Sunday, 20 January 2013

The Kitchen Puter

I'll tell you what's wrong with the world today, shall I? We expect too much. Just one partner is supposed to be able to do everything: DIY and emotional support. Cooking and scaring off burglars.

Just one friend to go out clubbing with till 3am and then help you organise your stamp collection.

Just one of your children to win the 100 metres race and get an A* in Physics A level.

Just one of your employees to do the filing accurately and solder a DC jack into place without hurting themselves..

Bring back that out-moded concept: HORSES FOR COURSES

Not surprisingly, I have a computer angle on this wise insight. And it is this. If you have lots of different things to do on a computer then have lots of different computers.

With that in mind, I want to show you my kitchen puter. It is different to how your kitchen puter would be, because your kitchen life is different to mine. 

As a working single parent I spend a lot of time on my own in the kitchen trying to get on top of the washing-up mountain and cook things that include at least one of the basic food groups. Meanwhile, the twin teenagers lord it up in the other room, spending time with the telly puter (of which more later). And yes! I know! They should be tackling the washing-up mountain! Well sometimes I get them to do it, but it's hard without an on-site lawyer, a degree in Logic and the energy to press the point for 3 hours.

So what I need is a computer that will assuage my resentment and boredom at the drudgery of being a reasonable mother. It needs to entertain me and tell me how to cook things.

One of my more delightful computer discoveries can be seen in the picture. If you plug some crummy old speakers into the green hole in the side of your laptop, suddenly it can be heard above the thrum of the tumble dryer. And the sound is really good.

Assuming you can connect the thing to the internet, housework suddenly becomes fun. Potential fun activities include:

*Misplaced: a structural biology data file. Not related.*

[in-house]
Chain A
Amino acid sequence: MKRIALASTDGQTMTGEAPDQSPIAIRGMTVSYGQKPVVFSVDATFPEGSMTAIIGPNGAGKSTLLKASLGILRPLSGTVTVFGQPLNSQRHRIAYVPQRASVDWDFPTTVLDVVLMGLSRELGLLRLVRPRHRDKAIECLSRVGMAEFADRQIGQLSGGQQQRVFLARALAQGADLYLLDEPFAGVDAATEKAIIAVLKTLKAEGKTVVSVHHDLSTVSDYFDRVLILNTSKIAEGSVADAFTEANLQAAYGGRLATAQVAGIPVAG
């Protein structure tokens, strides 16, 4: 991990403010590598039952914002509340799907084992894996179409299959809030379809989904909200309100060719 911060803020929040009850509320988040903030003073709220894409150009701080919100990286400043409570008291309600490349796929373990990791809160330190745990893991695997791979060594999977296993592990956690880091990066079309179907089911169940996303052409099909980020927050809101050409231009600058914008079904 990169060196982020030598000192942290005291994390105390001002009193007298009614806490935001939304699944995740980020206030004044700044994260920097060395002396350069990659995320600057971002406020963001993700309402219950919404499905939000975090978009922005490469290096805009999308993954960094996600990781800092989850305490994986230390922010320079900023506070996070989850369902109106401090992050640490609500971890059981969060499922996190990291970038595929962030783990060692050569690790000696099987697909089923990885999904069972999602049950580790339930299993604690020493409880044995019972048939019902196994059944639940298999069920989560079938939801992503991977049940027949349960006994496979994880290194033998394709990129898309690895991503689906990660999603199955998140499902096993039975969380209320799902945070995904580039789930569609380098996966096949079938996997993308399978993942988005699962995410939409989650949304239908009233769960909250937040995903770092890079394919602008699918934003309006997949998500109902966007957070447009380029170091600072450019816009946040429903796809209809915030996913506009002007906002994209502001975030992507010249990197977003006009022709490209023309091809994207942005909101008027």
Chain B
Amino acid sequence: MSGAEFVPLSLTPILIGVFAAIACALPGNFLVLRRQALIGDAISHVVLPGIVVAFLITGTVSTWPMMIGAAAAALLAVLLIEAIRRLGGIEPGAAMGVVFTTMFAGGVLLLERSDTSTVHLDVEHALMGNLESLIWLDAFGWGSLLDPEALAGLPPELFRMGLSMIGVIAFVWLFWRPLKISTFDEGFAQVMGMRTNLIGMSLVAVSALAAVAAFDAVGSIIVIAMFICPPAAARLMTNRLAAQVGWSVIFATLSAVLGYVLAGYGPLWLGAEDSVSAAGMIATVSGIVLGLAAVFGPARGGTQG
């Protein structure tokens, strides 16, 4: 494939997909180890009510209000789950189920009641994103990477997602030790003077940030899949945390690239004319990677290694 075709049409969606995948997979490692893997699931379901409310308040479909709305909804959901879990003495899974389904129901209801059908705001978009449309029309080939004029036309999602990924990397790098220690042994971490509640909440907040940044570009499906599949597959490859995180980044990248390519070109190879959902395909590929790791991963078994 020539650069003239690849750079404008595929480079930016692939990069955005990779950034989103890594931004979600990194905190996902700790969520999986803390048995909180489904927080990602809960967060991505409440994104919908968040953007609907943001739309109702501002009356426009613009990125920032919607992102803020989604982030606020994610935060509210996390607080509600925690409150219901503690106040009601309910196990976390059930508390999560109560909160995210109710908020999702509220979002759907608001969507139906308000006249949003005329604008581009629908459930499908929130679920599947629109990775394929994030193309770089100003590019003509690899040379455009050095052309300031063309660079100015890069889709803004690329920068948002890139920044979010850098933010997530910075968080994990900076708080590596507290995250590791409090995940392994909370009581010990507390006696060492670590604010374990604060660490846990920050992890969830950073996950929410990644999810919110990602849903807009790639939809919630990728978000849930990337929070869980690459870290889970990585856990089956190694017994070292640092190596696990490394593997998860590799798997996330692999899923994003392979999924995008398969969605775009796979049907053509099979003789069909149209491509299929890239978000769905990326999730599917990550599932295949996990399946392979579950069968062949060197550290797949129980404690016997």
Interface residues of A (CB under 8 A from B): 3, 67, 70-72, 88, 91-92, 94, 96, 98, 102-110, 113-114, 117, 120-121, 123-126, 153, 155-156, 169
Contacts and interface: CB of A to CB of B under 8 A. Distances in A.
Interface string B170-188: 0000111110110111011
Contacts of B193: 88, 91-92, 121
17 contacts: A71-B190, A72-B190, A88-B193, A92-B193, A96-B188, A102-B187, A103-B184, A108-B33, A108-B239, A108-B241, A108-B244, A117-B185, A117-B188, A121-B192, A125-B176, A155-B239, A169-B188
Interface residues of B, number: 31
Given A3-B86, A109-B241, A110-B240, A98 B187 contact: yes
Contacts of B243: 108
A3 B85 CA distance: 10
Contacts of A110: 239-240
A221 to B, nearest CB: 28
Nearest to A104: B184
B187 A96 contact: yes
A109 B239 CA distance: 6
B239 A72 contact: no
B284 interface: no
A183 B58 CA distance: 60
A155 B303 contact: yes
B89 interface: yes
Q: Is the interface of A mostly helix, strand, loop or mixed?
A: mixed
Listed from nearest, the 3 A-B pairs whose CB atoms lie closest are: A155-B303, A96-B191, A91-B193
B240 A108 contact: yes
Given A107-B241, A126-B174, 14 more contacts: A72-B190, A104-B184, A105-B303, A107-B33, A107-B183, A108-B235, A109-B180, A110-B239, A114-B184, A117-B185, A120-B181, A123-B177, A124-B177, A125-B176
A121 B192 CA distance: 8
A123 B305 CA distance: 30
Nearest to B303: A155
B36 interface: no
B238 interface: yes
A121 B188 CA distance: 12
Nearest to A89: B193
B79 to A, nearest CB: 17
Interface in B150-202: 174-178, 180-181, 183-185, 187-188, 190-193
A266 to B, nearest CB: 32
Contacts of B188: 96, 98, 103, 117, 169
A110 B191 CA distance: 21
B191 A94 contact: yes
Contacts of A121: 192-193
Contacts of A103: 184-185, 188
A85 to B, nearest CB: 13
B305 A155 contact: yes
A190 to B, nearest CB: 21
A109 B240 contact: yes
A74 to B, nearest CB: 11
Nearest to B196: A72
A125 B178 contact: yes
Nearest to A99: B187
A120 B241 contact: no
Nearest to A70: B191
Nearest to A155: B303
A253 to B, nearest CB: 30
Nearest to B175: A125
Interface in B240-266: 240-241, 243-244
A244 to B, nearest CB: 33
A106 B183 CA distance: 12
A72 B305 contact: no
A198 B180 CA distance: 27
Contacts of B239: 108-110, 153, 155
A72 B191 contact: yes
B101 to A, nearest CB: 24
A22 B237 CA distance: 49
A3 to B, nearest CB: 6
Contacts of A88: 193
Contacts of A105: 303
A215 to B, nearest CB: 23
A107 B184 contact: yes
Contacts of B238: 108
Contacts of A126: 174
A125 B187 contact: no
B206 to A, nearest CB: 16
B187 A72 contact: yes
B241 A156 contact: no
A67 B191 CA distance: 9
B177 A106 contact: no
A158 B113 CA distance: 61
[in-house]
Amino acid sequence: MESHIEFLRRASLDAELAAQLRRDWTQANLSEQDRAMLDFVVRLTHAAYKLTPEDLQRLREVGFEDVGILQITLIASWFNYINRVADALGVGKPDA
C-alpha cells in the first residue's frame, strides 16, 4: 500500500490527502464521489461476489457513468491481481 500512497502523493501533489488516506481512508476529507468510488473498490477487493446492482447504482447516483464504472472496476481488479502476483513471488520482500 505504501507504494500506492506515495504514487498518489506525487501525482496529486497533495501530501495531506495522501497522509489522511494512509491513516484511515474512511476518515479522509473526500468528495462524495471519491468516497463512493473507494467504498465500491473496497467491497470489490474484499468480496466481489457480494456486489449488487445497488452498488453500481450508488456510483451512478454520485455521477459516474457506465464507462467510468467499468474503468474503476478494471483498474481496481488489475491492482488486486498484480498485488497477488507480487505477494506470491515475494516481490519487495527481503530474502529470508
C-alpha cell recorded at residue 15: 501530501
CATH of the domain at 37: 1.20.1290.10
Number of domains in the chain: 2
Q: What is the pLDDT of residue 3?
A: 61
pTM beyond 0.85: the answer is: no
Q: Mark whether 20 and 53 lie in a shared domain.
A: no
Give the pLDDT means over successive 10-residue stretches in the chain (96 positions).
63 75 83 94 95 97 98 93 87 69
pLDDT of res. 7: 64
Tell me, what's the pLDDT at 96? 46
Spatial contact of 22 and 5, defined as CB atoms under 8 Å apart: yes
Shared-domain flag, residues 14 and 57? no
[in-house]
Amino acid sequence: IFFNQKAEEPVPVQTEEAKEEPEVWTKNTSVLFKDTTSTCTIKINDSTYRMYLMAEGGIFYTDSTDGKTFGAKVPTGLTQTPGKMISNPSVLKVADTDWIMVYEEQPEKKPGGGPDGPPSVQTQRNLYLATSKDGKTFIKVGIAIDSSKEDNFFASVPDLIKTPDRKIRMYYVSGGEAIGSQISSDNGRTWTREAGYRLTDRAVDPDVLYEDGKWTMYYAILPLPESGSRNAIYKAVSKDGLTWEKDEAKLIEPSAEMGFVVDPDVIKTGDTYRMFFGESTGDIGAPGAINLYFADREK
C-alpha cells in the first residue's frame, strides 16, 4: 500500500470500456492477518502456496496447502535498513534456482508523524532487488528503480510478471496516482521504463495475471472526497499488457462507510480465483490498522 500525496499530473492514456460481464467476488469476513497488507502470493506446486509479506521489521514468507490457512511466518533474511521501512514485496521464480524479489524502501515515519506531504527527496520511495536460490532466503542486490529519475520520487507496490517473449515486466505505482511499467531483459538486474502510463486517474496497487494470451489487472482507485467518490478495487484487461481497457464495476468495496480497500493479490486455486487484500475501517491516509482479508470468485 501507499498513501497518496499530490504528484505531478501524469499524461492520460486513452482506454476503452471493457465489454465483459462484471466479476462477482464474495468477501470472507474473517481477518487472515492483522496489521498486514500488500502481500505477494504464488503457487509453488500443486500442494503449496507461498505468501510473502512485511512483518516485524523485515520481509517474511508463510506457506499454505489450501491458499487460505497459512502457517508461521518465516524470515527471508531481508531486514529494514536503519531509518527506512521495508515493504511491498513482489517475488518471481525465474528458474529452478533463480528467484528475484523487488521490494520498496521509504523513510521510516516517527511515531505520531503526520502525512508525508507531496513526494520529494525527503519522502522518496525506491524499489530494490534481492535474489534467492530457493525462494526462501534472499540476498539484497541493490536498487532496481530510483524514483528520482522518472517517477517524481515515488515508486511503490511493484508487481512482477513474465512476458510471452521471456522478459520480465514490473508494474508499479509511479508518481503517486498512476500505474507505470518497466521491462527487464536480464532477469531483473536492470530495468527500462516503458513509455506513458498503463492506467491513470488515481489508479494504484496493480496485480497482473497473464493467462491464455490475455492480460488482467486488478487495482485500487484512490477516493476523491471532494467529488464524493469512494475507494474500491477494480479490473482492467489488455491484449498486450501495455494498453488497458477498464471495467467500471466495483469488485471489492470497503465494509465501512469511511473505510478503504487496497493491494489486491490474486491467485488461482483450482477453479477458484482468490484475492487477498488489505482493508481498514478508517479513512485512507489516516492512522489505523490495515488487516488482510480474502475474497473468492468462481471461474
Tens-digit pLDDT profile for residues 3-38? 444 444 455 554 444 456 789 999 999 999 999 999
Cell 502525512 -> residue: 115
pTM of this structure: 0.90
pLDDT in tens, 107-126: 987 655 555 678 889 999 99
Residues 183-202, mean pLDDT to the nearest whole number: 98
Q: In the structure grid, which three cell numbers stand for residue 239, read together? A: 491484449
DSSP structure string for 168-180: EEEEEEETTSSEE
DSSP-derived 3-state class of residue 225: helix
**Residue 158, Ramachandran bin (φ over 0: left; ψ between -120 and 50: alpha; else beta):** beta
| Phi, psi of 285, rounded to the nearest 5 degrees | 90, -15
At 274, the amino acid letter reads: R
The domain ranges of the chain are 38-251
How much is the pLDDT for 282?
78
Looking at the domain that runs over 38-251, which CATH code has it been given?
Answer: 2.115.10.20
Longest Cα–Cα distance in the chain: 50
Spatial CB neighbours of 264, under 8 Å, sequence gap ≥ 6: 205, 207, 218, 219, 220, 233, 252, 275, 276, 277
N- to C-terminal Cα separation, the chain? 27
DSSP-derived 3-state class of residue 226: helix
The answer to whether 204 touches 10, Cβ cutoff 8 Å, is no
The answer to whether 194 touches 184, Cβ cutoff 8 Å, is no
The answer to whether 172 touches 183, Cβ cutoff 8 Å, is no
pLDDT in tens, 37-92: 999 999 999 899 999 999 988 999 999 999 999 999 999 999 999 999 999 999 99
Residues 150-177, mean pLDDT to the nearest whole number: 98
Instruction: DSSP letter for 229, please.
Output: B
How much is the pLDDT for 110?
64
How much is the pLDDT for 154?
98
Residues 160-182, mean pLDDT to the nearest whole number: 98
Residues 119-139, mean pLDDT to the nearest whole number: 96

• Doing embarrassing dancing to Radio 1's Dance Anthems. 
  • Sobbing into the suds listening to radio dramas that you missed because you were downstairs trying to earn a crust. 
  • Listening to just whatever music you fancy by signing up to Spotify. 
  • Catching up with Coronation Street. You might think this would be difficult while drudging because of the need to look. But I've found that long-term fans can follow it perfectly well by just listening. Interestingly, you don't even notice you're not seeing the pictures. The only time you need to look at the screen is to catch the aghast expression that invariably precedes the closing titles.
And - at the same time - you can have the recipe for toad-in-the-hole up in another window. So you can flip to it when you need to. 

I love my Kitchen Puter which is still soldiering on after 6 years of the hardest imaginable life. It is a red Samsung R60 that was bought impulsively from Tesco for £500, in an attempt to demonstrate to my then new boyfriend that I was both rich and crazy.

It has undergone many career changes and has run Vista, Ubuntu, Vista, Ubuntu, Windows 7 and now, in it's glorious dotage, Windows 8.

It has survived being bathed in olive oil, during an ambitious pork belly adventure. I fell over the power cable once and whiplashed it onto the floor and it just carried on, minus a large chunk of it's back plastic.

It lives on demonstrating the central philosophy of

It is not about looks and its not about the gigahertz and the megabytes. It is about what your computer can do for you. 

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